I particularly enjoy working with educational facilities because I have kids and I like the aspect of taking a building that has been used for so many years and reviving it. It's one thing to have a building that meets your needs, but it’s another thing to transform that building into something that works for today’s needs. What we had back in the day is different from what is current. As technology evolves, I want to make a positive impact on kids growing up to help ensure that they have all the things they need to be our next generation of leaders.

I also feel like it's my obligation to be out there in the field so students can see me create opportunities and demonstrate that construction is an industry for African Americans, women, and other diverse backgrounds. I want to make sure that I show somebody else the process of getting into the industry.

Do you have a favorite project that you've worked on at Colliers?

It would be Branford's Frances Walsh Intermediate School. I like the project – the design is cool – as well as the people and the way I was able to work with them throughout the process. I was heavily involved with the FF&E which involved the installation of new school furniture. It took a lot of coordination to move them from the temporary space, which was in phase one, into phase two, their permanent home. There were six different vendors that I had to coordinate for the move. I also managed the financials and developed the invoice packets for Building Committee approvals. Though I started in the middle of the project, I was able to be an asset to the completion.

What do you like overall about working as a project manager in the owner's project management industry?

I like representing the owner and making sure that whatever they want is implemented in the design and that everything that was proposed and bid on is delivered. I like making sure that the owners are happy at the end of the day because they're the ones who are going to be living in the space for many years to come. I appreciate the relationships I build with the clients as well as the construction managers and the architects.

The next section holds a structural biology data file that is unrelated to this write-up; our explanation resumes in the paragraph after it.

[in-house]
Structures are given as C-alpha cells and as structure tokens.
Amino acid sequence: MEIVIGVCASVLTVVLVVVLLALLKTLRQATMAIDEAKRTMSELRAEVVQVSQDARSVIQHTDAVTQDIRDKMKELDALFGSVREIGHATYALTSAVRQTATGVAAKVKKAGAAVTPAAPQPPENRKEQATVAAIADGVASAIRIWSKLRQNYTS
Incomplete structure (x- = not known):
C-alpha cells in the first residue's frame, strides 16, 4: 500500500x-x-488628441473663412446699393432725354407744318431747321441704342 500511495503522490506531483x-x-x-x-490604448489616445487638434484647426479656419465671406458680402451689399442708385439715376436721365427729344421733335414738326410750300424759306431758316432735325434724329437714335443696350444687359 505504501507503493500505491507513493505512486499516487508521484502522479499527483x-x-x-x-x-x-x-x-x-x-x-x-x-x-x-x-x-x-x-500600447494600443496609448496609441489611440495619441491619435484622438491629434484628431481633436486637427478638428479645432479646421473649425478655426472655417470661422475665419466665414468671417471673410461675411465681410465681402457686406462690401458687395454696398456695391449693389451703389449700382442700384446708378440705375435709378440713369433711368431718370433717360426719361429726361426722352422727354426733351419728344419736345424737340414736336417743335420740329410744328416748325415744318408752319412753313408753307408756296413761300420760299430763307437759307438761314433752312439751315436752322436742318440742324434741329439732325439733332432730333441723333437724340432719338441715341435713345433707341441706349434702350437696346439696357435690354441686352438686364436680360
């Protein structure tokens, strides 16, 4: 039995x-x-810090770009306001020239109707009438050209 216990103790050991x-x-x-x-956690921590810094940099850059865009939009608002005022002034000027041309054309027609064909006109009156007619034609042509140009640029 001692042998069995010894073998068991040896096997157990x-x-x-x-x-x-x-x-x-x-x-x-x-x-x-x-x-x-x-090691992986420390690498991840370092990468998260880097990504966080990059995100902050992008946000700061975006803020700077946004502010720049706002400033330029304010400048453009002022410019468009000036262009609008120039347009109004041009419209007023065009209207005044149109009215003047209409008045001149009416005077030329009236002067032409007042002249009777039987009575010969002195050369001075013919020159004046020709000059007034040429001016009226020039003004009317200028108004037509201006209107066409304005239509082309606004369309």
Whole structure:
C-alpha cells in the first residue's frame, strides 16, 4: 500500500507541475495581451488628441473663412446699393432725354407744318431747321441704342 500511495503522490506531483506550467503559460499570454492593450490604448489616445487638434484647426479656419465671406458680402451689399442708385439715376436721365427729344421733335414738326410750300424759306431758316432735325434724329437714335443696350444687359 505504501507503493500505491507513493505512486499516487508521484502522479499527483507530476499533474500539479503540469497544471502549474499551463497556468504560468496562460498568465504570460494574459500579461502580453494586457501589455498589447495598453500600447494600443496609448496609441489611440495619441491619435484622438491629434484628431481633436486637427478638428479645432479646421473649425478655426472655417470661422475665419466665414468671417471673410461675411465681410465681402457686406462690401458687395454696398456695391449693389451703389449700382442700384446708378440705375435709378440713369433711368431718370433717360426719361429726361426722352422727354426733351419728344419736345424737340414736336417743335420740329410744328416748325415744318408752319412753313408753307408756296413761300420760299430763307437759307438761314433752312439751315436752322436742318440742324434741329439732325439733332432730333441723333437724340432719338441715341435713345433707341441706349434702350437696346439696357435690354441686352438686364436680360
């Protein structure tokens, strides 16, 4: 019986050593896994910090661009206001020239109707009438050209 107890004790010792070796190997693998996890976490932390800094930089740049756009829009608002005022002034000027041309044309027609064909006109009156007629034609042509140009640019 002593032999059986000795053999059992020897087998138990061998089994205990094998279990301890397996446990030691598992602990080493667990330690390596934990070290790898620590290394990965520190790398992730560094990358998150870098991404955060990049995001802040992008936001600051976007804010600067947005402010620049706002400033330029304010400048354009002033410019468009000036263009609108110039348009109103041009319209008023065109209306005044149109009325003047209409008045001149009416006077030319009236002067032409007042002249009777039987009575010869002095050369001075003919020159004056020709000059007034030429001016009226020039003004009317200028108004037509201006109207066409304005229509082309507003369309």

I’m most proud when it’s the final move in and clients are getting settled in and seeing that their space is exactly what they thought it would be and that it meets all their needs and requirements. That lets me know that I did my job.

What advice do you have for people looking to get into the field?

Get prior exposure and experience in it. Transitioning to project management after more than 10 years’ experience with facilities operations provided me with an understanding of how buildings operate, but I feel if I had more experience in construction I'd be more knowledgeable now.

I appreciate Colliers’ willingness to teach me as I learn the process because there's a lot that goes into project management that you don't realize until you're in it. At Colliers you don't stay stagnant. If you want to grow, they will work with you to make sure you get to the next level. They expose you to different professional development opportunities and trainings which help make you a better professional.

My advice is to be open to learning new things. I've learned a lot within my first year at Colliers and I can only imagine the knowledge and additional expertise I'll gain in the next five to 10 years to come.